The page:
The kit is a Gretsch Catalina Club.

From what I can tell its only glued in one place. However the other Catalina I club I had my eye on has come back into our store. So I may pick it up. It's wraps are still fitted well. They have just faded from silver to gold. Could check the wood underneath and always put the wrap back if I am not happy with how it looks.
 

welshrugbyfan

Junior Member
I put in another post that I've been resorting kits both as a professional and here at home in the shed.

Honestly you can turn any kit into something nice. The shiny red to almost black fade is an Ashton or similar very cheap kit that I took the old wrap off and polished up to this level with stains and polyurethane gloss. I spray mine with a gun and compressor.

The other one is a Mapex Mars that I took the wrap off and glued a walnut veneer over the shells. Sprayed in a satin polyurethane this tie and as the hardware was so rusty I could only treat it all and paint black and then I sprayed a satin polyurethane over the top as well. It's lovely and smooth to the touch now.

Always cut new bearing edges and polish the insides as well, new Remo heads and they sound brilliant. That walnut one is one of the best sounding kits I've heard, even the 12" tom has a deep beautiful tone to it.
 

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GruntersDad

Administrator - Mayor
Staff member
I put in another post that I've been resorting kits both as a professional and here at home in the shed.

Honestly you can turn any kit into something nice. The shiny red to almost black fade is an Ashton or similar very cheap kit that I took the old wrap off and polished up to this level with stains and polyurethane gloss. I spray mine with a gun and compressor.

The other one is a Mapex Mars that I took the wrap off and glued a walnut veneer over the shells. Sprayed in a satin polyurethane this tie and as the hardware was so rusty I could only treat it all and paint black and then I sprayed a satin polyurethane over the top as well. It's lovely and smooth to the touch now.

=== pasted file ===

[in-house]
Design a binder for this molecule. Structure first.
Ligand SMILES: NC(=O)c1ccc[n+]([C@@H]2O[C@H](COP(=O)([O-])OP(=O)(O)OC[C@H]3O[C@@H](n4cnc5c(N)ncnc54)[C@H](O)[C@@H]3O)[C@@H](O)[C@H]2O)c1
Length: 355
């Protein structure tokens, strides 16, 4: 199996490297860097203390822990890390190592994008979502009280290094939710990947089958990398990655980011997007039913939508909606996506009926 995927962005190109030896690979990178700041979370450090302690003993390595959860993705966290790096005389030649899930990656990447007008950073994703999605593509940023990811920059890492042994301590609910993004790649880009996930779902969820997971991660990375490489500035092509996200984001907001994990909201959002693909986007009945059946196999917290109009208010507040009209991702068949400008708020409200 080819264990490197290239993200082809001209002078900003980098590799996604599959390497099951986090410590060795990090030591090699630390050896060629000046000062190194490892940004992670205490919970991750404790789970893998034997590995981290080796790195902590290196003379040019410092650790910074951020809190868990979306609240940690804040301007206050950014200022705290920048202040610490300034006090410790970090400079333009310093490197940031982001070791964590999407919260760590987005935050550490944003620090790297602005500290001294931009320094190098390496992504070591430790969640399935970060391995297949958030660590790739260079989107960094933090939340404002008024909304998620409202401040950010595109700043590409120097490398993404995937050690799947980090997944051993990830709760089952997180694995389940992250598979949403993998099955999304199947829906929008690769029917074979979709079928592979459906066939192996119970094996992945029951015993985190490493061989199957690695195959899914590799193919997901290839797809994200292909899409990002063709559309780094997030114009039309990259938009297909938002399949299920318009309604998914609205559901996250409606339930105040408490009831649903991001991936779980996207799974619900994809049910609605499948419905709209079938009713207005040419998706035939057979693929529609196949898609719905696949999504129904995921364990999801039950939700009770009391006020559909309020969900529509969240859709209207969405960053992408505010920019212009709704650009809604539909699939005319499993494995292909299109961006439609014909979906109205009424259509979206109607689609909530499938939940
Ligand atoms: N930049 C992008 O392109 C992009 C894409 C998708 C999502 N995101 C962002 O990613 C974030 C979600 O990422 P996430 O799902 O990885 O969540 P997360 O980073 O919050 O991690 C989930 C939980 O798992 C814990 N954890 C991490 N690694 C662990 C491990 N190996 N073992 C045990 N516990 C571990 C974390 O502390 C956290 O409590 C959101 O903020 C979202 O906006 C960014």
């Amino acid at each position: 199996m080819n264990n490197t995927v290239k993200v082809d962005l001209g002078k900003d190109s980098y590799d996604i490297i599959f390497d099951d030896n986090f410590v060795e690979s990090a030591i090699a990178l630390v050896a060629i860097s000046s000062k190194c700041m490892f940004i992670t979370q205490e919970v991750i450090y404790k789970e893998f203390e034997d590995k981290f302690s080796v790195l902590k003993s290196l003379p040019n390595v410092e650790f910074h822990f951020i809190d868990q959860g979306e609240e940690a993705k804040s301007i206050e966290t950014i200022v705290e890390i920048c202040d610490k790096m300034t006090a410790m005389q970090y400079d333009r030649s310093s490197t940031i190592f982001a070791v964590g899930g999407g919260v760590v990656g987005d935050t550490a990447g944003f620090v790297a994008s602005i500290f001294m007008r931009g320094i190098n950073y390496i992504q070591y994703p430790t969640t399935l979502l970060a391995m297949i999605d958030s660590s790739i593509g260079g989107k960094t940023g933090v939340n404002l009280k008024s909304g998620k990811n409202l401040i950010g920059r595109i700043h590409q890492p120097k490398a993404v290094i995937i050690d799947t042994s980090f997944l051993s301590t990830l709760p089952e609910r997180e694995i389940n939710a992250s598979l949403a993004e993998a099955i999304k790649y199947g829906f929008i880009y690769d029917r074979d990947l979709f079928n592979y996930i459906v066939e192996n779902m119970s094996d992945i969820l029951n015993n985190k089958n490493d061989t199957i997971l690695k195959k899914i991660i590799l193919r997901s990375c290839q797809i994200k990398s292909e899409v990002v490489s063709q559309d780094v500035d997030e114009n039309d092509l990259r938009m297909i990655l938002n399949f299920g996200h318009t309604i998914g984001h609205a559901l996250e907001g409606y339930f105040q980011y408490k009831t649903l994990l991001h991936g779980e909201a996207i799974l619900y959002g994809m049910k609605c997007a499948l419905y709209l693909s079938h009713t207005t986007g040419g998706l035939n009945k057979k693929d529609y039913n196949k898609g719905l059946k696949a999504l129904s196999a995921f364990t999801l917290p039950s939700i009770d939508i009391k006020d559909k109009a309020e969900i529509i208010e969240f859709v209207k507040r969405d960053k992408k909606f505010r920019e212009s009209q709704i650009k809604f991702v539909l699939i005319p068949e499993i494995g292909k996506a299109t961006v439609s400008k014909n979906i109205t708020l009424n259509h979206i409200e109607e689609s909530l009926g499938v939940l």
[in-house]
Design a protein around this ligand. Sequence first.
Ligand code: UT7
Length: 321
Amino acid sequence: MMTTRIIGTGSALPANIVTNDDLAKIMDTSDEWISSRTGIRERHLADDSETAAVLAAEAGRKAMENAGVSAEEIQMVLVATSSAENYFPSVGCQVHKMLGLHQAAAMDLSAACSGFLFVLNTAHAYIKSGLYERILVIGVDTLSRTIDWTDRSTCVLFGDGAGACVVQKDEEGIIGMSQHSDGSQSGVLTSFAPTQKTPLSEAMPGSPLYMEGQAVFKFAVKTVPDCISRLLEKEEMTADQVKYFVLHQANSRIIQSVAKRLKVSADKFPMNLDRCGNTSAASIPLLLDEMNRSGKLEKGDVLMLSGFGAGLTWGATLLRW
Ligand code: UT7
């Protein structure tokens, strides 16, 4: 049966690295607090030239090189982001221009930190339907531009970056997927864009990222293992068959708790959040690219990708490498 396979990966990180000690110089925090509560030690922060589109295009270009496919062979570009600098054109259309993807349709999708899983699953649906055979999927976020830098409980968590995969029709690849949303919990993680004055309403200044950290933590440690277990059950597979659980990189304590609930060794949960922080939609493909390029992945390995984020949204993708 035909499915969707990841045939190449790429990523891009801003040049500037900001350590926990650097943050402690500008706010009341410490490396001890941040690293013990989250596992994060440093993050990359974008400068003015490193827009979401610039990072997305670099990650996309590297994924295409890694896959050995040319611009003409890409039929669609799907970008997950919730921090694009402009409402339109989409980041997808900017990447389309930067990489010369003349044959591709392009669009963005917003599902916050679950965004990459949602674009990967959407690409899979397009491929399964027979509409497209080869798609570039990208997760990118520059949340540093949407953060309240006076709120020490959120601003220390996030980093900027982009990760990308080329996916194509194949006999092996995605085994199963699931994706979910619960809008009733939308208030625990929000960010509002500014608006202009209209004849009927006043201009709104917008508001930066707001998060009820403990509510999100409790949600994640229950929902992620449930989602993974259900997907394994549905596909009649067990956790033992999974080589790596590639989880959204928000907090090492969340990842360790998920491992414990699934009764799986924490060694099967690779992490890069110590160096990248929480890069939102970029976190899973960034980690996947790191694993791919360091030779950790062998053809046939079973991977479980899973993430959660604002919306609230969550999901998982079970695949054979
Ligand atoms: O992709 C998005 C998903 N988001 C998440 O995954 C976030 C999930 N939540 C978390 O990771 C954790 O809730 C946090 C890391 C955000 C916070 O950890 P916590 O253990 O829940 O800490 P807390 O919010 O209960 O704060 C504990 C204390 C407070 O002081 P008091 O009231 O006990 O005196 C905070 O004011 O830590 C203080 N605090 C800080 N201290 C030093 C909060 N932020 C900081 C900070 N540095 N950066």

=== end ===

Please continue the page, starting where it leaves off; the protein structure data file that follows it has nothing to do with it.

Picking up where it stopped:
Always cut new bearing edges and polish the insides as well, new Remo heads and they sound brilliant. That walnut one is one of the best sounding kits I've heard, even the 12" tom has a deep beautiful tone to it.
Those drums look great but I can tell those outer plies are not Luaun which a lot of inexpenseive drums are and would never sand that smooth.
 

BacteriumFendYoke

Platinum Member
I refinished an old bass drum a few years ago that turned out really nicely. The trick was taking my time and removing any and all residue from the outside of the shell with chemical stripper and sanding it as smooth as I could. This only really works if you've got a decent outer ply to begin with - anything porous won't sand smoothly enough.

I applied stain very thinly all over the drum using lint-free cloths, letting each layer dry. Then I applied some shellac using a similar method - maybe seven or eight applications all over the drum, sanding very carefully when necessary between layers and making sure the drum was absolutely clean between applications. I didn't get a lacquer-shiny finish and if I wanted to using shellac it would have taken a huge number of layers but I did get a decent finish.
 

welshrugbyfan

Junior Member
Those drums look great but I can tell those outer plies are not Luaun which a lot of inexpenseive drums are and would never sand that smooth.
The walnut one obviously has had a new veneer over it but it wasn't able to be lacquered as they were terrible.

The shiny red one was really bad and took hours of work preparation wise and I've faked the grain with this technique to add some effects to the plainness of it.

After you've done a few coats you mix some stain in with the lacquer and spray a wet coat over the shell, whilst it's wet you lay a sheet of cling wrap over it and move it around a bit and then quickly peel it off.

It leaves a great grain effect very simply.

But I've had 28 years of playing around with this stuff so I'd recommend a much easier way of starting like with a nice grain or gluing another wood veneer over the top.

Veneer can be quite simple to use. Once you've cut it to size you glue both surfaces with titebond wood glue and let it dry. Once dry you can lay it at the starting point and with a warm iron start pressing the veneer. The heat melts the glue and it stays exactly where you want it.

I've got kits and guitars I've done from 30 years ago and the veneer hasn't moved one mm.